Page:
Saturday, September 29, 2007

Aphex Twin’s ‘Acrid Avid Jam Shred’

Aphex Twin’s ‘Acrid Avid Jam Shred’* begins with a heavy bass-bomb sequence; as sonic layers pile in and interact they engender a percussive phenomenology of ecstasis, or undecidability of the overall dominance amongst many layers of rhythm and harmonics. This ‘dominance’ reveals itself as the ephemeral focus of my attention-structure on a particular layer or mixture (the dynamic experience of ‘groove’). Gradually, ‘Acrid’s’ seven or eight layers reach crescendo, followed by various deconstructions, solos, and inter-mixes of polyrhythm. It might seem that each percussive ‘track’ is phenomenologically a kind of rail involving speed and motion, because of the pleasurable dips being felt in my spine each time grooves do oscillate. When I realize that groove has switched rails, it is not only a rhythm track; my very attention structure has switched focus, perhaps onto melodic counterpoints or the slower bass-bomb patterns. Is there some existential meaning of this strange poignance when a strictly rhythmic motif infuses with the trope of ecstasis – an entirely new, vast space-time designed by the Mind accustomed to postmodern economies of speed, while utterly transcendent of any conventional ‘dance’ beat psychology?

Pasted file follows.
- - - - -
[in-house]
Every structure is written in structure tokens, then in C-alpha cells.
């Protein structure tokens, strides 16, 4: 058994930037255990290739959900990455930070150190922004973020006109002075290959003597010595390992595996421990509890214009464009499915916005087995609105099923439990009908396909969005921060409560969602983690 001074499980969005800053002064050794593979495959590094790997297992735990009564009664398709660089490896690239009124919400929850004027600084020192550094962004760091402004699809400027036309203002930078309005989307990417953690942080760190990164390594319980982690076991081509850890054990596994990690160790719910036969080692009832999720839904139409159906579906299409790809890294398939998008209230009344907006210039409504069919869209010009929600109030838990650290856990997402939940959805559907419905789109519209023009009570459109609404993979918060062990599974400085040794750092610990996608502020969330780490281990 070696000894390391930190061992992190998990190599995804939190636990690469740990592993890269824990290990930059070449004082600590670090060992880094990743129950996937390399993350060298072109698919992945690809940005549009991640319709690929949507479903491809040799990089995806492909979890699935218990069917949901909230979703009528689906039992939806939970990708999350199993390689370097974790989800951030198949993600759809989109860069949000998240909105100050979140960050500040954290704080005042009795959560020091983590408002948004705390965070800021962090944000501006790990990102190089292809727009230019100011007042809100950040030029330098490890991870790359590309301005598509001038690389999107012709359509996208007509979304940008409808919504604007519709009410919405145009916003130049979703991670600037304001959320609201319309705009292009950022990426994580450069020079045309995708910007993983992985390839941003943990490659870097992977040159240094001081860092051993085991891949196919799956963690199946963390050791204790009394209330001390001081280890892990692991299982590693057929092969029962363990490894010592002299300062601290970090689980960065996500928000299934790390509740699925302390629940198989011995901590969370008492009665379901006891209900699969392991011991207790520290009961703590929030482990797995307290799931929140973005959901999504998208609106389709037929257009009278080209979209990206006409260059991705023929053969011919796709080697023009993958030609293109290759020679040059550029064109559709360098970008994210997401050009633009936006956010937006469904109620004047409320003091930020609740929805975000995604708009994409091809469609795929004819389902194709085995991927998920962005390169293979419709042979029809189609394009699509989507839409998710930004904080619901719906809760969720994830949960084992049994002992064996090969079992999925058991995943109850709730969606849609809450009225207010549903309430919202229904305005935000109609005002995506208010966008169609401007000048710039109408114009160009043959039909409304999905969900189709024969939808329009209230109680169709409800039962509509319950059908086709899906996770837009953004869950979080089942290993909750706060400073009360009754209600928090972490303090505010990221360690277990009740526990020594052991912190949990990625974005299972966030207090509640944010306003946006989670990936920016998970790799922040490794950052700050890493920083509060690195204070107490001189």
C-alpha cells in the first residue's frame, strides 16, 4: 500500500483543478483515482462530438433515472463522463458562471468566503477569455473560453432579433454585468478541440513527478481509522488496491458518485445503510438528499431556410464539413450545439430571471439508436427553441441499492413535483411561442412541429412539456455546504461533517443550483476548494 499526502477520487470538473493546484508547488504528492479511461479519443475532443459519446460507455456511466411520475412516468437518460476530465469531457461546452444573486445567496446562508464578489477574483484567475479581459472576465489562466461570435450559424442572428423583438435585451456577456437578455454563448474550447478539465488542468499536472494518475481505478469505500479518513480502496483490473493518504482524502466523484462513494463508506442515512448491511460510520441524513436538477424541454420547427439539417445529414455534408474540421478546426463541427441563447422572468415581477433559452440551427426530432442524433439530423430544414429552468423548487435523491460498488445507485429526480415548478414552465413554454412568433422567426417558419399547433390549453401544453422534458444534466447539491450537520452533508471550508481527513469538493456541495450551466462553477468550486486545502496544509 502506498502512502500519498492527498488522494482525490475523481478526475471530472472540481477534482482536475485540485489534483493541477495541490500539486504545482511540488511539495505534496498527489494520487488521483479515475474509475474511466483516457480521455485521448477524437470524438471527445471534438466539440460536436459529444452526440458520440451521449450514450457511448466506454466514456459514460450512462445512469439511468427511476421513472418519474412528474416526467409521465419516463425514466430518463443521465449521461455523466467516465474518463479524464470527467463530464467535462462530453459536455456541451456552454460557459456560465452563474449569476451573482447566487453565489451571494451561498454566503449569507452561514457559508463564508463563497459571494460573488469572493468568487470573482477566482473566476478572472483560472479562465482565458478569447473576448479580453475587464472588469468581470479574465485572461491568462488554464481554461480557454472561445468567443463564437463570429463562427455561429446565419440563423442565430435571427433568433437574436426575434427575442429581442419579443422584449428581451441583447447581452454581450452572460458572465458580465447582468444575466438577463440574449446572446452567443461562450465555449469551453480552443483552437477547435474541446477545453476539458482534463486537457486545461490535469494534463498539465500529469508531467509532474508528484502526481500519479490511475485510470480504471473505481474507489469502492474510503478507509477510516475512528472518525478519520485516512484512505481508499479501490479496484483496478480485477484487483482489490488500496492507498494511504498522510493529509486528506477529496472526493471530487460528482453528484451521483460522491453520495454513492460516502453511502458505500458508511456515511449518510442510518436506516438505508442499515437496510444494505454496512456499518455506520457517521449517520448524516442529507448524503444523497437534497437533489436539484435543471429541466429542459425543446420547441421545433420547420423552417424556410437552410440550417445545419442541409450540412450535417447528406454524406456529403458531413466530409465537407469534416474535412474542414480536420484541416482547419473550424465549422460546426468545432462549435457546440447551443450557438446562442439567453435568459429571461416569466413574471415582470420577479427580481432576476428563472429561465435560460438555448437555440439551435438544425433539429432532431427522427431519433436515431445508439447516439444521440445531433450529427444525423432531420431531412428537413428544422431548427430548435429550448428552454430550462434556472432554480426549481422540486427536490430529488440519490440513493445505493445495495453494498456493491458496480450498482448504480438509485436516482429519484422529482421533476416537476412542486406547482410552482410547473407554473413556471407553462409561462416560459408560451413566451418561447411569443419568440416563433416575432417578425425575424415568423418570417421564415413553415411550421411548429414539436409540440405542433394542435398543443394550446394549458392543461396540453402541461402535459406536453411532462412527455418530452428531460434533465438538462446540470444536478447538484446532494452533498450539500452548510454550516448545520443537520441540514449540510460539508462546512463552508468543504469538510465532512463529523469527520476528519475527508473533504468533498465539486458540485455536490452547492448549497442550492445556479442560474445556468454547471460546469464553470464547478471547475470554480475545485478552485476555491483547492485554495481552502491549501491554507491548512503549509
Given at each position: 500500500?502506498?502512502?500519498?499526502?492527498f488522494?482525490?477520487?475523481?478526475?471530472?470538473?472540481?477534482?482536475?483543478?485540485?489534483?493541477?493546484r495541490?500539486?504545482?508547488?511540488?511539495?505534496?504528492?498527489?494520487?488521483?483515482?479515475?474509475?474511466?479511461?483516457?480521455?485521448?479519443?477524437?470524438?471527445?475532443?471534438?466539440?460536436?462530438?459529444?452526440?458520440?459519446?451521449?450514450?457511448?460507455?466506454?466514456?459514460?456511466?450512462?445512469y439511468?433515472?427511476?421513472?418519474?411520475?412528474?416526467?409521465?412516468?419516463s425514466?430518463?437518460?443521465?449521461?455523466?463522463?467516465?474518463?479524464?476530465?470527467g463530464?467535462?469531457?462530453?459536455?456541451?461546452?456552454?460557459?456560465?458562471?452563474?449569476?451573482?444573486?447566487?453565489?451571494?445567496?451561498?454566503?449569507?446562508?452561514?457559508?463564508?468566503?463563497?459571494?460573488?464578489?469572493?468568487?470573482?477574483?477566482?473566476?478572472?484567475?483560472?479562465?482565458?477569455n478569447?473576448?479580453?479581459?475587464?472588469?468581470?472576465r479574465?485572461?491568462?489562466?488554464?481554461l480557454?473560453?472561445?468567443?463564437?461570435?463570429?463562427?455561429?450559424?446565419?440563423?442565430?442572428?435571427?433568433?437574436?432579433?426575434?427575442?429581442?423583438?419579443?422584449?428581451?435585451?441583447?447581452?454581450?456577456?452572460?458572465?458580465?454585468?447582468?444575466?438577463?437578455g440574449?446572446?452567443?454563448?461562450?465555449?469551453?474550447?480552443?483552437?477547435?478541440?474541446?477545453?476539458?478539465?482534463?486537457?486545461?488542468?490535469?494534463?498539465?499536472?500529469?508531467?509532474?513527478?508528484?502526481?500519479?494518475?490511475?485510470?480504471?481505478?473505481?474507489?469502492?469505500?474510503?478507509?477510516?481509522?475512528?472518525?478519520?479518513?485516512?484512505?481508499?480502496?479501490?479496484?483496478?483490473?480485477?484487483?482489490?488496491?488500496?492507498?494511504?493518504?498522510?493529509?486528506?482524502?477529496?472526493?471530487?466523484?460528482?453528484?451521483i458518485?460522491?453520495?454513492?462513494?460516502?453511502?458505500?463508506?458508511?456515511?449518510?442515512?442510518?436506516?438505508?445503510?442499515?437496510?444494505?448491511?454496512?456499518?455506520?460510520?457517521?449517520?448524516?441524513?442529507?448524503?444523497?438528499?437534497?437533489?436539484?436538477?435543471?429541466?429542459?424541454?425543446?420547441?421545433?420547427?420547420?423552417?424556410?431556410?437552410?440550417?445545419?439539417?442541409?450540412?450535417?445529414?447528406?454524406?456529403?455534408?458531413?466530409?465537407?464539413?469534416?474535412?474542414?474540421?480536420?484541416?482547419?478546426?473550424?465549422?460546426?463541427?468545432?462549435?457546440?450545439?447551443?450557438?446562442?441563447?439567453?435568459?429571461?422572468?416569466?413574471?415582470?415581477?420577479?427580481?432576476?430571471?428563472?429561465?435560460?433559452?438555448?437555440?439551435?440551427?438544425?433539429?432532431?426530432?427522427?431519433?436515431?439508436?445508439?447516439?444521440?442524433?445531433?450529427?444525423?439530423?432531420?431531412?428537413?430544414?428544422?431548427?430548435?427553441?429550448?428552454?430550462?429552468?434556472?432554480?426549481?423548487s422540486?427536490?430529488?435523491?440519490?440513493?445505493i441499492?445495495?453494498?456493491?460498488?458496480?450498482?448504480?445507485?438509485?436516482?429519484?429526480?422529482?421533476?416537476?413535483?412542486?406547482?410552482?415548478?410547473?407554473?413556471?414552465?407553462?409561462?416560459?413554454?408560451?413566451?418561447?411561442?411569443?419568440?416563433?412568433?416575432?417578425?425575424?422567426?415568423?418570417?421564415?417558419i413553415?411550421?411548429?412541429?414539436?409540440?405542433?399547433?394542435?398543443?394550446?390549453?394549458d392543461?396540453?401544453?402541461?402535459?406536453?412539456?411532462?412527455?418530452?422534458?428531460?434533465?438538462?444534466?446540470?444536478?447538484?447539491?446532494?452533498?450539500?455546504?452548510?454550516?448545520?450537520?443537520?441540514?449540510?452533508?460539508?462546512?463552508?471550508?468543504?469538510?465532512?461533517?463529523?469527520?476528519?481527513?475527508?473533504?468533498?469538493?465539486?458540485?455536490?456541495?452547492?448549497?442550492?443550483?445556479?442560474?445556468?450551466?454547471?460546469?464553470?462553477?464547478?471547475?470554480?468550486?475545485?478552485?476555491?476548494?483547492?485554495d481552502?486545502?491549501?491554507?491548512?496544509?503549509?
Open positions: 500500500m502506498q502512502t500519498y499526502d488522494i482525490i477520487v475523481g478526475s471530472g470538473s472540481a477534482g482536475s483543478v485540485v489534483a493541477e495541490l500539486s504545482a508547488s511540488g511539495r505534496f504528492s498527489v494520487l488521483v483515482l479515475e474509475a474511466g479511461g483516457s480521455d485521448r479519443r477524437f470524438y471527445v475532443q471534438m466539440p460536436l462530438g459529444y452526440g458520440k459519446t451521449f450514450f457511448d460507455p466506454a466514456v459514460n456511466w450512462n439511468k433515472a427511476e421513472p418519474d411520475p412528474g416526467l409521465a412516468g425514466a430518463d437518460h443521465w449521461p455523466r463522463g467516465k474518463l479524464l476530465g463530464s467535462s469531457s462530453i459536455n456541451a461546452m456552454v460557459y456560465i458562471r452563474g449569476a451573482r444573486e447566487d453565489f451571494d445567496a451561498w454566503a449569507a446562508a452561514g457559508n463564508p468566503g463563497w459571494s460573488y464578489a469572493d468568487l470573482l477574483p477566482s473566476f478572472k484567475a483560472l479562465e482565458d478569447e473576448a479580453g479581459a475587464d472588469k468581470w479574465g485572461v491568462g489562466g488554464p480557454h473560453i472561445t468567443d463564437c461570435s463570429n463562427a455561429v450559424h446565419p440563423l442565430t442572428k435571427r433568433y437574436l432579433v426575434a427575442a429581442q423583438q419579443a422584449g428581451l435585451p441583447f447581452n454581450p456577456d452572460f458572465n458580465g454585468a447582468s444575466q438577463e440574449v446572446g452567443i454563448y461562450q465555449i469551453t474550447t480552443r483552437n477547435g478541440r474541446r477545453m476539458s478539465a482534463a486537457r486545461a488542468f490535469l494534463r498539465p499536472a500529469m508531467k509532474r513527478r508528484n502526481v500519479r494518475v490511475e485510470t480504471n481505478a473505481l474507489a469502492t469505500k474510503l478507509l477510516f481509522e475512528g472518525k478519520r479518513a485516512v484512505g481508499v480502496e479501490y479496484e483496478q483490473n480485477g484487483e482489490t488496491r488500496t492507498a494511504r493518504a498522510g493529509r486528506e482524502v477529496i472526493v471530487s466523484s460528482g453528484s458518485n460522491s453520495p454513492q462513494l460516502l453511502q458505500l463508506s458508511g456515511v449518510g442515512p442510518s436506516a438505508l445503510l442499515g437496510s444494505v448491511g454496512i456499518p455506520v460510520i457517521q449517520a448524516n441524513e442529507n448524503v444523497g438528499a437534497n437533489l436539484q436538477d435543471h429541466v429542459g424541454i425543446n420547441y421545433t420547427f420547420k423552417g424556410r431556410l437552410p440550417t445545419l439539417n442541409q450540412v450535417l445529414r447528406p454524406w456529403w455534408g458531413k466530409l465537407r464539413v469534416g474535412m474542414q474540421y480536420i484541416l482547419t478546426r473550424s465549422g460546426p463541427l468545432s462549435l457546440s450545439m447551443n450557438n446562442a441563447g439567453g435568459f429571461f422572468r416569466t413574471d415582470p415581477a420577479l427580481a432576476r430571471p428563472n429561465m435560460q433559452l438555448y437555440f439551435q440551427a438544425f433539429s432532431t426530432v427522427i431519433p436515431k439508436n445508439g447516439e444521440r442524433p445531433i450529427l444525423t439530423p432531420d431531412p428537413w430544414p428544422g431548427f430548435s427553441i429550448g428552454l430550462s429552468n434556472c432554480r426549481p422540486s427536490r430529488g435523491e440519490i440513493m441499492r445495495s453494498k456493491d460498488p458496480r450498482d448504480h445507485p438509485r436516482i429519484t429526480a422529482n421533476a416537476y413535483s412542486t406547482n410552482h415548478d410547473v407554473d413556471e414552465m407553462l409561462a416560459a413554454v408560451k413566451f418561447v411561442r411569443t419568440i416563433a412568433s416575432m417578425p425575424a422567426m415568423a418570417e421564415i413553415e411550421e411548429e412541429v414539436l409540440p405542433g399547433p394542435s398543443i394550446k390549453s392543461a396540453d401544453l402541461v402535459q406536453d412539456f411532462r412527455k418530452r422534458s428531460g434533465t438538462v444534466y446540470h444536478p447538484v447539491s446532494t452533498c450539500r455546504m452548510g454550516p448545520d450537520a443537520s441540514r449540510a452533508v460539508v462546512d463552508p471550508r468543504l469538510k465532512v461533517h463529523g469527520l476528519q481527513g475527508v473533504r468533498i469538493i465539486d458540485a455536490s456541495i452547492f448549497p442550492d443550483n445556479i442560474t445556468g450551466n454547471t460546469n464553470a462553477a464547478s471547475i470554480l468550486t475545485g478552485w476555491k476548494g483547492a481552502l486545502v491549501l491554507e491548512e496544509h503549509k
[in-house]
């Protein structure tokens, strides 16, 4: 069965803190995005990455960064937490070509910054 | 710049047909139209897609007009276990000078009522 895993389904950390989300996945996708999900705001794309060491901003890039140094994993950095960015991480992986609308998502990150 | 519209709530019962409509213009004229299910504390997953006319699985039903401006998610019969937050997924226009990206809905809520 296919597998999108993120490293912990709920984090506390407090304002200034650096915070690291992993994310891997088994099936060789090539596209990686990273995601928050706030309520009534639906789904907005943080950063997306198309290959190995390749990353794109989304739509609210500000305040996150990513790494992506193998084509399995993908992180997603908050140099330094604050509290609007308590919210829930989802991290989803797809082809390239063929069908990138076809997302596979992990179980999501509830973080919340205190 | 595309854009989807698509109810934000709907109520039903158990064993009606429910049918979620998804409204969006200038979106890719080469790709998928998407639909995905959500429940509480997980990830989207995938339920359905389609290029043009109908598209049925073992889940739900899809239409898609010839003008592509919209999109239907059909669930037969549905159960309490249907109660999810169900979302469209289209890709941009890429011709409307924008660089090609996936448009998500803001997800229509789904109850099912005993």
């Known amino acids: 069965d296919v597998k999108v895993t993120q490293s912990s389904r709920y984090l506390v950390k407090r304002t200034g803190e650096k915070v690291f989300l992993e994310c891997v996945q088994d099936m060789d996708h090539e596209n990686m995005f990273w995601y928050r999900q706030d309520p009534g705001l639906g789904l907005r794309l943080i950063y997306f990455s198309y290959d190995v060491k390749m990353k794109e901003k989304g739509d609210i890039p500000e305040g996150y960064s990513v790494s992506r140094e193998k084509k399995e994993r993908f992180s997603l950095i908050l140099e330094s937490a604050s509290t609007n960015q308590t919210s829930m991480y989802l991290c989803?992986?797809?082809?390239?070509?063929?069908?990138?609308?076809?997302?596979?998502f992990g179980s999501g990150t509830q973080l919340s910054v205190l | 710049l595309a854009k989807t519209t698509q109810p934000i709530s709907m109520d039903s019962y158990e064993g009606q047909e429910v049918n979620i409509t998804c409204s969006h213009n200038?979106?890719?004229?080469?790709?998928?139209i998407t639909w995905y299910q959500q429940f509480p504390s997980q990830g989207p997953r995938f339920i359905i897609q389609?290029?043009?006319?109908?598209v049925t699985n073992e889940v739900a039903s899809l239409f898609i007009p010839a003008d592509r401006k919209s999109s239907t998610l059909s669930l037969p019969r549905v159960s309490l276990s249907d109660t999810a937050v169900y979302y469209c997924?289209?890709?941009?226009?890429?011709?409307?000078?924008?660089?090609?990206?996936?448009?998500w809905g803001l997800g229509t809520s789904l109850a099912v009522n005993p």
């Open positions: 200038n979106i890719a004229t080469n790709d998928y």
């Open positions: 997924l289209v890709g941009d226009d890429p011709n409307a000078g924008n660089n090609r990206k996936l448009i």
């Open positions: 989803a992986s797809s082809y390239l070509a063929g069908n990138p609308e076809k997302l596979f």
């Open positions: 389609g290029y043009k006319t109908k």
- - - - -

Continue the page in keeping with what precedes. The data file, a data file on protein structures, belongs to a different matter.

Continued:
(*07:38, I Care If You Do, 1995)

1 comment:

Daemian said...

If we called this 'polyrhythmic ecstasis', and consider its relations with African polyrhythms - i.e., more generally with tribal consciousness technology - it would seem to uncannily confirm McLuhan's augury of neotribalism in the electric age.